9 Natural Treatments You Didn’t Know Actually Work on Depression

5 minute read

Depression is a tricky disease to treat, in part because it manifests so differently in those it afflicts. But promising new research shows there may be options outside the pill bottle and off the couch at a therapist’s office. That’s not to say you should stop taking prescribed antidepressants or break up with your therapist, but if you’d like to consider alternative treatments, read on.

A recent study on a kind of therapy called transcranial magnetic stimulation (TMS), which uses magnetic pulses to alleviate depression, showed that after a year of treatment, 68% of adult patients had improved depression symptoms and 45% had complete remission. Currently, TMS is used among patients who do not respond well to antidepressants, but some experts think the therapy could one day be used as a first-line treatment. In TMS, a large magnet is placed on the left side of a patient’s head, and magnetic pulses stimulate the under-active areas of the patient’s brain that are involved in mood regulation. The patient is awake the entire time, and there are few reported side effects aside from headaches in some. Other research published in August showed TMS could also have positive benefits for memory.

Acupuncture is becoming an increasingly mainstream way in the U.S. to treat a wide variety of ailments from chronic pain to anxiety. The research to support its use for mental health disorders is still mounting in the West, but it’s thought that by inserting needles into parts of the body to manipulate energy can reduce tension. The National Center for Complementary and Alternative Medicine (NCCAM) notes that it’s still unknown whether acupuncture’s effects as a therapy are placebo.

Interpersonal therapy
Interpersonal therapy focuses on patients’ relationships with other people and how an individual may be struggling with connections and communication. It’s commonly recommended for young people, and is typically viewed as a short-term depression treatment. It’s also thought to be helpful for when marriage problems arise. According to the National Health Service (NHS) in the U.K., some research has suggested it could be as effective as antidepressants in certain cases, though more research is needed. Some studies show it can work as a first-line treatment, and it’s usually given in 12- to 16 one-hour weekly sessions.

Scientists are increasingly showing that exercise improves mental health. For instance, Jasper Smits a psychologist with a clinic in Dallas has long recommended that therapists use exercise therapy for people who are not responding to other forms of treatments. In 2012, a clinical trial of heart failure patients found that regular exercise help alleviate depressive symptoms. It’s believed that exercise increases hormones like serotonin and dopamine in the brain, subsequently making people feel better.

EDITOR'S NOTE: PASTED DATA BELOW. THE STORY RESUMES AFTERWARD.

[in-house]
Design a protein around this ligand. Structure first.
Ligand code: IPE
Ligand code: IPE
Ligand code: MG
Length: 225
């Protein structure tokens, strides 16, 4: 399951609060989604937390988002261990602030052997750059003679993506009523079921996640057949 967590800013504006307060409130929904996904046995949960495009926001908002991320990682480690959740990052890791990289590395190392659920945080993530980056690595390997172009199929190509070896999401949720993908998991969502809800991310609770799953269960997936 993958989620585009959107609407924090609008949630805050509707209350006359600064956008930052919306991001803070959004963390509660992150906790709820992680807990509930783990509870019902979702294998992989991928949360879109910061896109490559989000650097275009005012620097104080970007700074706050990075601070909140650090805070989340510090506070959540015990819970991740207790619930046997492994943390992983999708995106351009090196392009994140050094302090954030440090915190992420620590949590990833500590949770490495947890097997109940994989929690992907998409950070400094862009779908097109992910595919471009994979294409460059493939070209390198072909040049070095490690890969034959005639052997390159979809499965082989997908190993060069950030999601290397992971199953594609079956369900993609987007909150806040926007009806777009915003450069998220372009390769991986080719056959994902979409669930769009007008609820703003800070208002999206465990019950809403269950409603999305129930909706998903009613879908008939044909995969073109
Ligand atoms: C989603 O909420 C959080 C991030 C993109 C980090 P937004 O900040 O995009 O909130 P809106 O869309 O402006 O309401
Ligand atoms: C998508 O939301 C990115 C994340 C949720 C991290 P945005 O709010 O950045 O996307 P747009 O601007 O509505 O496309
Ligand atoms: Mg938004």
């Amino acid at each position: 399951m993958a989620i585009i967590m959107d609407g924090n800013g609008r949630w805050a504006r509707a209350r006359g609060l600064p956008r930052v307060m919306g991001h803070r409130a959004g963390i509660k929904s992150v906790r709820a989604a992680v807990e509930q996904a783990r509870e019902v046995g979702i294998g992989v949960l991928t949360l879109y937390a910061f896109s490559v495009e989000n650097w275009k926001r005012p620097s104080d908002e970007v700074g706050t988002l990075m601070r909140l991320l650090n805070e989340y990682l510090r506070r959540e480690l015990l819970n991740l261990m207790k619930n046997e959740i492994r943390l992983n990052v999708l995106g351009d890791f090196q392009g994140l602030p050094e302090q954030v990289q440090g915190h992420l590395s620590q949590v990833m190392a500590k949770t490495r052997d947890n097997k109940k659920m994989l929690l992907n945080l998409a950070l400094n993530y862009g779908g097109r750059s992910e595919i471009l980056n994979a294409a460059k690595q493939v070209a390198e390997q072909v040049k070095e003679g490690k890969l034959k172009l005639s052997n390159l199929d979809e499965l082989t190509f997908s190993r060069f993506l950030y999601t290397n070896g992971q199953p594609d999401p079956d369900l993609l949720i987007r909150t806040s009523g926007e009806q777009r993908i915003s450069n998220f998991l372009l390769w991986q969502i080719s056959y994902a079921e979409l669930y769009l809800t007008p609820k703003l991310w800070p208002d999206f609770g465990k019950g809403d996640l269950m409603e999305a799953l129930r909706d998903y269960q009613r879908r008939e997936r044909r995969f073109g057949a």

Exposure therapy
For depression symptoms that may be related to other mental health issues like phobias and obsessive compulsive disorder, exposure therapy can help patients become more accustomed to and comfortable with things that used to bring them fear and anxiety. For example, if someone is afraid of flying, they my build up to taking an actual trip on a plane by starting with simply looking at images of airplanes. Johns Hopkins researchers report that it’s typically very successful if people can find the right therapist they can trust.

Plenty of research supports meditation as a possible treatment for depression and anxiety. The mechanism is not entirely understood, but if a person can be acutely aware of what is happening in the present moment, the thought it is that they can relax and gain more focus. As TIME reported in January, many many cognitive therapists have started recommending it for patients as a way to deal with their anxiety and depression since it can mitigate stress.

Eye Movement Desensitization Reprocessing (EMDR)
According to the Anxiety and Depression Association of America, eye movement desensitization and reprocessing, or EMDR, “seems to have a direct effect on the way that the brain processes information… It helps a person see disturbing material in a less distressing way.” It’s still considered a fairly new type of therapy. As a patient goes through an unpleasant memory, they may watch moving lights, listen to tones and feel taps on their palm. It’s primarily used to treat PTSD, and still needs a lot more efficacy evidence. EMDR has had it’s share of controversy among researchers who question whether it really works.

Electric shock treatment
Also known as electroconvulsive therapy (ECT), shock treatment is fairly common treatment in which electric currents are passed through the brain and trigger seizures. It’s believed that the shocks interfere with brain chemistry that might be out of wack. ECT is considered much safer today than it was in the past–which too high doses were given resulting in negative side effects like memory loss and physical injury.

Cognitive behavioral therapy (including online and over the phone)
People are likely familiar with cognitive behavioral therapy, which is a talk therapy usually recommend for patients with moderate to severe depression. The idea behind cognitive behavioral therapy is to help patients understand the events or emotions behind their current status, and figure out ways to mitigate how they’re feeling day-to-day. Some recent research has suggested that cognitive therapy can work even if it’s not necessarily done face to face. In 2012, a study compared face-to-face therapy to therapy done over the phone and found that phone therapy was just as effective, and patients were more likely to stick with it. Some therapists will even do sessions via video chat, like Skype.


More Must-Reads From TIME

Contact us at letters@time.com